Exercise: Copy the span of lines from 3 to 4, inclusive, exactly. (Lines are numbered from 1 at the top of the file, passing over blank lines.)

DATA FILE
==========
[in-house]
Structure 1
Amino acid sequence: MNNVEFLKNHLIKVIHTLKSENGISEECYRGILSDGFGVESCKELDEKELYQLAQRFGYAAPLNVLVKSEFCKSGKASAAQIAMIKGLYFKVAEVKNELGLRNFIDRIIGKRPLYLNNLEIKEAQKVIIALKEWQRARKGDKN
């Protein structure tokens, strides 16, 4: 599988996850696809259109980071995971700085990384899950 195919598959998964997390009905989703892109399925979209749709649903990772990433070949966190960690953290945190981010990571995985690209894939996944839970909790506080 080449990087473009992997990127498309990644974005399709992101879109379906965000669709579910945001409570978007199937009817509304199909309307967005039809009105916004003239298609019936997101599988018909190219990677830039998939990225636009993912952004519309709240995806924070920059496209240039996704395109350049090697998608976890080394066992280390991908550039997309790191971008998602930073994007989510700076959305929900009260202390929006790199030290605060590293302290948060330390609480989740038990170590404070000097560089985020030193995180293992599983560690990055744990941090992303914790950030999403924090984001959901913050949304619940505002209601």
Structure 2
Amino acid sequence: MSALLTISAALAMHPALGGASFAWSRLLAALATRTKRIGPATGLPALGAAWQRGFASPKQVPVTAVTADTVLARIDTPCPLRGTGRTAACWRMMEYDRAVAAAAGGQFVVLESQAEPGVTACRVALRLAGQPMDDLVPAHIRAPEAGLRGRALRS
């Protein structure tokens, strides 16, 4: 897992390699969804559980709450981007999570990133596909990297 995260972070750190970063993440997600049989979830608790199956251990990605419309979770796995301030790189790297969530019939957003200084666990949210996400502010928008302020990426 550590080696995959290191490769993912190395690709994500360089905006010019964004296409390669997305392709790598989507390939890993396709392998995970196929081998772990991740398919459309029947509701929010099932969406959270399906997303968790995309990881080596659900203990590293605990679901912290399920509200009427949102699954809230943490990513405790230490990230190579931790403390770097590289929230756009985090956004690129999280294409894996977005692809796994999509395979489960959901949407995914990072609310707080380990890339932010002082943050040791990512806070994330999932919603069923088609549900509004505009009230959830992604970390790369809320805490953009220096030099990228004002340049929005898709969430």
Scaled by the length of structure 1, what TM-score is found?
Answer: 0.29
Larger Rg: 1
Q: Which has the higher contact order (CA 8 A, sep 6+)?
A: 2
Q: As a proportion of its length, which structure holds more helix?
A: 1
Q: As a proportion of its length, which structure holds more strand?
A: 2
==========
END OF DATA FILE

Amino acid sequence: MNNVEFLKNHLIKVIHTLKSENGISEECYRGILSDGFGVESCKELDEKELYQLAQRFGYAAPLNVLVKSEFCKSGKASAAQIAMIKGLYFKVAEVKNELGLRNFIDRIIGKRPLYLNNLEIKEAQKVIIALKEWQRARKGDKN
């Protein structure tokens, strides 16, 4: 599988996850696809259109980071995971700085990384899950 195919598959998964997390009905989703892109399925979209749709649903990772990433070949966190960690953290945190981010990571995985690209894939996944839970909790506080 080449990087473009992997990127498309990644974005399709992101879109379906965000669709579910945001409570978007199937009817509304199909309307967005039809009105916004003239298609019936997101599988018909190219990677830039998939990225636009993912952004519309709240995806924070920059496209240039996704395109350049090697998608976890080394066992280390991908550039997309790191971008998602930073994007989510700076959305929900009260202390929006790199030290605060590293302290948060330390609480989740038990170590404070000097560089985020030193995180293992599983560690990055744990941090992303914790950030999403924090984001959901913050949304619940505002209601």